Humor is a funny thing. What one person finds hilarious, another will find mystifying, gross, or even offensive. It’s highly individual and, for me anyway, depends very much on the circumstances. My experiences with David Sedaris are a case in point. My first experience with him was when I read his book Me Talk Pretty One Day more than 10 years ago. Despite Sedaris’s reputation as a brilliant humorist, I didn’t find it particularly funny. I cracked a smile a few times, but mostly I just thought it was mildly amusing and sometimes dull.
A few years after that, I became a fan of This American Life, a radio show to which Sedaris frequently contributes. I really enjoyed his stories on that show, and even laughed out loud at a few of them. His humor is not always of the belly-laugh variety, but he has a great eye for the amusing detail. He also has a tendency to say the not-so-nice things I sometimes think but don’t say—and he doesn’t seem mean-spirited because he’s always willing to make fun of himself. After becoming a fan of Sedaris on radio, I picked up an audio version of Dress Your Family in Corduroy and Denim at the library on impulse, and I loved it. The story “Six to Eight Black Men” (about Christmas customs around the world—emphasizing the Dutch) had me laughing so hard I thought I was going to have to pull over the car when I was listening to it during my commute. With that, I realized that I did like Sedaris’s books, but only to listen to. (I’ve since discovered the same about Sarah Vowell and David Rakoff—meh on paper, wonderful on audio.)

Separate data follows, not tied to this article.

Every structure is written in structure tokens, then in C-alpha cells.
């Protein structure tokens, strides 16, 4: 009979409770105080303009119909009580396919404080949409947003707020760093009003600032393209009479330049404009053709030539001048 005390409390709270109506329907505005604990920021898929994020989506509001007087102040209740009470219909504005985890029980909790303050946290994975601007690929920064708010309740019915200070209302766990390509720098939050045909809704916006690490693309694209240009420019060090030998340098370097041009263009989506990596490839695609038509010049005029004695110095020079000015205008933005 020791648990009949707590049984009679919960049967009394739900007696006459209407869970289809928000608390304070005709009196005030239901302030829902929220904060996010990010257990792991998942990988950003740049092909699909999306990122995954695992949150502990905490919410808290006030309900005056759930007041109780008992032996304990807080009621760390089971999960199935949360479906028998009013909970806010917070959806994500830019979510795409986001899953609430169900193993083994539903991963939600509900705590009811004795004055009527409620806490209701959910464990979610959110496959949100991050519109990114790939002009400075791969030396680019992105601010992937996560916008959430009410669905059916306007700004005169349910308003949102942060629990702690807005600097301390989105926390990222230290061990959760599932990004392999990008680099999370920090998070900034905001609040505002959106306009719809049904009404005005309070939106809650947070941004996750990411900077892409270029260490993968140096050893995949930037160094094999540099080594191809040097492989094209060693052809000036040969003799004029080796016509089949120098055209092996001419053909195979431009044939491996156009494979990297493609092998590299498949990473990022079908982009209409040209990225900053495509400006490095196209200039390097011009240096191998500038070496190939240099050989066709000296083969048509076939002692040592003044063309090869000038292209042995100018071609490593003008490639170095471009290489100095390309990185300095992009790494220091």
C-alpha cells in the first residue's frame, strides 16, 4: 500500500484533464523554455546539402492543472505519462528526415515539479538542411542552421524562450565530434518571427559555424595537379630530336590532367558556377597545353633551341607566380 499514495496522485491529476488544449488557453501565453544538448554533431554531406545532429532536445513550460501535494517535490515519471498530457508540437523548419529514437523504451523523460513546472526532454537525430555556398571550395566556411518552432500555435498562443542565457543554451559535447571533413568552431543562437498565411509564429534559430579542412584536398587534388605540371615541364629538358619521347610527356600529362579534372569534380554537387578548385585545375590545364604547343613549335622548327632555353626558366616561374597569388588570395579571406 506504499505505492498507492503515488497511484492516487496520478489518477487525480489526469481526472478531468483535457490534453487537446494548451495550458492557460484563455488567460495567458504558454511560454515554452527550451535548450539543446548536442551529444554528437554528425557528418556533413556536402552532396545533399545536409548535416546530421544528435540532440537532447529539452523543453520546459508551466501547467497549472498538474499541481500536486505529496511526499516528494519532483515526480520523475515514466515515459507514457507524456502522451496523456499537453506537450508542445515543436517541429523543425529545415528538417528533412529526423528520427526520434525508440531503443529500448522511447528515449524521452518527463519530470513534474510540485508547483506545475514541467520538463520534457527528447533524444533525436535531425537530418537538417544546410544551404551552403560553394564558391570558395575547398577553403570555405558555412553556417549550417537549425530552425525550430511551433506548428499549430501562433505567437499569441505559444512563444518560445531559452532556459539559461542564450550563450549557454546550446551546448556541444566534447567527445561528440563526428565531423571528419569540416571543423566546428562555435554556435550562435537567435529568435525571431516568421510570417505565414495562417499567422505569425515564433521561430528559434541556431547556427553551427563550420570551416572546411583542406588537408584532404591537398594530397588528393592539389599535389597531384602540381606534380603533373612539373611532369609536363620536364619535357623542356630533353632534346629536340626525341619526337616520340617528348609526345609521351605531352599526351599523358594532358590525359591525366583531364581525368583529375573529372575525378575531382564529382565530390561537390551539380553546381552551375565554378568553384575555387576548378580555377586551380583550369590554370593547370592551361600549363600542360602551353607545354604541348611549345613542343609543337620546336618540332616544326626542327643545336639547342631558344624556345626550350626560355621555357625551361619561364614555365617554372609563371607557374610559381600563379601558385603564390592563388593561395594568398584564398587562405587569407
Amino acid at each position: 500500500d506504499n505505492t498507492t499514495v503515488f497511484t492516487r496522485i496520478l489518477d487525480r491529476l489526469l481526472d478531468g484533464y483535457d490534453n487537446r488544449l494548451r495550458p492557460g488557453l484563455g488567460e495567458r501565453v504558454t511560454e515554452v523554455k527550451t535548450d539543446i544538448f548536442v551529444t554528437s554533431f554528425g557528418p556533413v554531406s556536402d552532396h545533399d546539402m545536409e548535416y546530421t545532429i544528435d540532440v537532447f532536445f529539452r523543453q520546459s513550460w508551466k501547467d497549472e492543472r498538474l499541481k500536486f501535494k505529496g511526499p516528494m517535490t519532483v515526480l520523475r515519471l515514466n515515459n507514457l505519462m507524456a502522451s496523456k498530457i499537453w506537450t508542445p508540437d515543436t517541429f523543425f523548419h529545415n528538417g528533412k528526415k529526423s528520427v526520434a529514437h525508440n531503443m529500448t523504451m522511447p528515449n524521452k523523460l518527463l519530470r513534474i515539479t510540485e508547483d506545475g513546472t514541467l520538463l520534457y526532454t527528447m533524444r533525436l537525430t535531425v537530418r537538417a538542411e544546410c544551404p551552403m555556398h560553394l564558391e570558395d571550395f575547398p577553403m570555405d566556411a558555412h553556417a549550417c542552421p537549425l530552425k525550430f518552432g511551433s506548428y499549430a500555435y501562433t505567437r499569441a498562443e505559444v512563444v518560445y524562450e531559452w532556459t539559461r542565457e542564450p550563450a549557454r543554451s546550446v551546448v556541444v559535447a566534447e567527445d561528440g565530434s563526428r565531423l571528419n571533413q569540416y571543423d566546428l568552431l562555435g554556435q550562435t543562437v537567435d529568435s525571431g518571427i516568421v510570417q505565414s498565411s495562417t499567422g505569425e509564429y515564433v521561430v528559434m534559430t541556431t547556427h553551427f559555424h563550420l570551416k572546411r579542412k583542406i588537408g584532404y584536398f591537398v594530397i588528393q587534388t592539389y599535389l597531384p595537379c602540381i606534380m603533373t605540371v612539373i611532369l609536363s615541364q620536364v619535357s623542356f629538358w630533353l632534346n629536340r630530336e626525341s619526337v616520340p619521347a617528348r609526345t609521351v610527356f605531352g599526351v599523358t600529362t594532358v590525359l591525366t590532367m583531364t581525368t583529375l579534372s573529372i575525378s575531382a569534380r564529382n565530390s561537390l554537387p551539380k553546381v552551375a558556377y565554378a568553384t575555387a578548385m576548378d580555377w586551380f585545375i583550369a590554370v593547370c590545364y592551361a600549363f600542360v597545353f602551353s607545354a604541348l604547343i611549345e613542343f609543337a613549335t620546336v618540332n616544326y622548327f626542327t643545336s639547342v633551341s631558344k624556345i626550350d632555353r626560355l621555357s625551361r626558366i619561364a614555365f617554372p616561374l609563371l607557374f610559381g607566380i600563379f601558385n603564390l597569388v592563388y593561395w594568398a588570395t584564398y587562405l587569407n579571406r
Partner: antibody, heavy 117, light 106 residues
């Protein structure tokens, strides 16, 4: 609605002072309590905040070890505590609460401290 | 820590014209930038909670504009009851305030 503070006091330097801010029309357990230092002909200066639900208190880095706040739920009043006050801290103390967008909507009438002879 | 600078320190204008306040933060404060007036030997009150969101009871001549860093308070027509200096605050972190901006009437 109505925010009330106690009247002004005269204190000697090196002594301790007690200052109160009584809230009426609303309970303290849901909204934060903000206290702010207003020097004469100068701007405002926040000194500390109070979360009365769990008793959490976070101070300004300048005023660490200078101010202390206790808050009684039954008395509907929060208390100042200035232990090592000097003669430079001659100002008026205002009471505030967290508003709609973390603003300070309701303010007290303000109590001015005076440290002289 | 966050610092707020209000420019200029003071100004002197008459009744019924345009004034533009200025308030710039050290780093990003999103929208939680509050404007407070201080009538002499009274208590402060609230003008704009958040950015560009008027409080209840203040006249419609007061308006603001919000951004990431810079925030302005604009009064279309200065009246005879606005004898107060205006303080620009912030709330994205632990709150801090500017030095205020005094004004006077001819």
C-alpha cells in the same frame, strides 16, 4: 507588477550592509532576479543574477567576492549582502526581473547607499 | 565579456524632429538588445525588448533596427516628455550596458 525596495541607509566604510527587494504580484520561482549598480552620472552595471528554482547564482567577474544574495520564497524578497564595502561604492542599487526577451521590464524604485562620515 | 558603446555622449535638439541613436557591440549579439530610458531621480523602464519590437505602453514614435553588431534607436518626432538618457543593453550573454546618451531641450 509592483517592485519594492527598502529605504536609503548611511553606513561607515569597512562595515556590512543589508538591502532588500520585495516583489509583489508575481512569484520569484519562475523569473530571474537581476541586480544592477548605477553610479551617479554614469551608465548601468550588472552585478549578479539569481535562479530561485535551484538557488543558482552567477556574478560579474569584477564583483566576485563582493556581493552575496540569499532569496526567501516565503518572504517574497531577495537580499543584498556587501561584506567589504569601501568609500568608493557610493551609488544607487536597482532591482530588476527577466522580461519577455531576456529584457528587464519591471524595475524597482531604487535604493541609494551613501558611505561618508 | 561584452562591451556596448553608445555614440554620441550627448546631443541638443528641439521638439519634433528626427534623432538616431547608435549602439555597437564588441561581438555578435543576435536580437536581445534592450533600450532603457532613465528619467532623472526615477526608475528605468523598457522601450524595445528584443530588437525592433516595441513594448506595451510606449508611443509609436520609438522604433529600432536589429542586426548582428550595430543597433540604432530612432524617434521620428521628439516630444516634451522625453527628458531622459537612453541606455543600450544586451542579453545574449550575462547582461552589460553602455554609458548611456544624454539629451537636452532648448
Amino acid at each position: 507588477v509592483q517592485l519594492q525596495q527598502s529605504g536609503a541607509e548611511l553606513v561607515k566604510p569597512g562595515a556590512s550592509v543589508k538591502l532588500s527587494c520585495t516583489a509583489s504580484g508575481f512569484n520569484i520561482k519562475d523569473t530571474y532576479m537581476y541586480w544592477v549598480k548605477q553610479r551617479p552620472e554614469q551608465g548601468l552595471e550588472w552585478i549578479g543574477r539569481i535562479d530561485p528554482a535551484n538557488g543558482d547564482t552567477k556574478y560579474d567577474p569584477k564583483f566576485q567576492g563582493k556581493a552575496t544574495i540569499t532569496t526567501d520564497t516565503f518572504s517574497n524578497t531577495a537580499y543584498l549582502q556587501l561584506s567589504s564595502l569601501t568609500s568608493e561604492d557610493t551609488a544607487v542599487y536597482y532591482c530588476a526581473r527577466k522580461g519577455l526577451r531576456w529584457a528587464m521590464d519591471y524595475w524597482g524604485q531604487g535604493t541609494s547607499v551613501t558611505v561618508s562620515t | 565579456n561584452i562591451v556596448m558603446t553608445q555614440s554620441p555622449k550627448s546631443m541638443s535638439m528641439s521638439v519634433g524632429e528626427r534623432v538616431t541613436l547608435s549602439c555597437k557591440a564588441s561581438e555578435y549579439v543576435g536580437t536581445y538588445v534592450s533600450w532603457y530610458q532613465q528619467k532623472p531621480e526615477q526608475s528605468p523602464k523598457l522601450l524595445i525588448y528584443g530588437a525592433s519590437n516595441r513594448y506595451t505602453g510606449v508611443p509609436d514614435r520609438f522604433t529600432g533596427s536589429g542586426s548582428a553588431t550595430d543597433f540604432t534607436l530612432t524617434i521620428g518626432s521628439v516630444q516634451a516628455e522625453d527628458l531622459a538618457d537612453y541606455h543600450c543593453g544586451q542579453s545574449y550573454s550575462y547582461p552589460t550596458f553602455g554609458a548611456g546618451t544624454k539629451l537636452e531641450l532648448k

Sedaris’s 2008 essay collection, When You Are Engulfed in Flames, is a bit darker than some of his others, but it’s still entertaining and includes some nice bits of wisdom about life and death. I’d only heard one the stories before—one in which Sedaris purchases a gadget called a Stadium Pal, an external catheter. His thought was that it would be great on a book tour. (Long plane rides, no problem! No need for a break during a book signing; keep those fans coming.) He discovered that, well, urine smells, even when it’s in a bag taped to your leg. Plus, it turns out that it’s not easy to take a leak while you’re doing something else.
My favorite story was one in which he finally managed to get his partner, Hugh, the perfect Christmas gift. Sedaris is always ready with suggestions for his own gifts, but Hugh likes to be more subtle with his hints, figuring that someone who knows him so well should be able to figure it out. In this story, it worked out perfectly, for Hugh anyway. The gift, an actual human skeleton, ended up taunting David about his own mortality. What I loved about this story is how it packed in so much about relationships and the expectations we have of those we love, along with a message about the inevitability of death—and all couched in a really funny story with a great punch line, delivered in a wonderfully dead pan style.
Other favorites involved his parents’ art collection; the community of spiders that lived in his windowpanes; an outcast neighbor in Normandy; a cooky New York city neighbor; an unpleasant encounter involving a throat lozenge, a sneeze, and a cranky seatmate on an airplane; and the birds that persistently attacked his house after Hugh played a track on a Kate Bush CD that featured birdsong. (I have that one, and now I’m afraid to play it!) The collection is capped off with a long piece on Sedaris’s efforts to quit smoking by moving to Tokyo for several months. This multipart essay is almost long enough to be a nonfiction novella, and it’s quite enjoyable.
I’ve learned that Sedaris tends to be an author people get or don’t get. If you get Sedaris, you’ll probably find this collection worthwhile. If you don’t, it probably won’t turn you around. If you’re not sure, I’d suggest starting instead with some of his This American Life stories, just to see which camp you fall in. The Stadium Pal story is in the “Family Physics” episode, and his observations about Dutch Christmas celebrations are in the episode titled “Them.”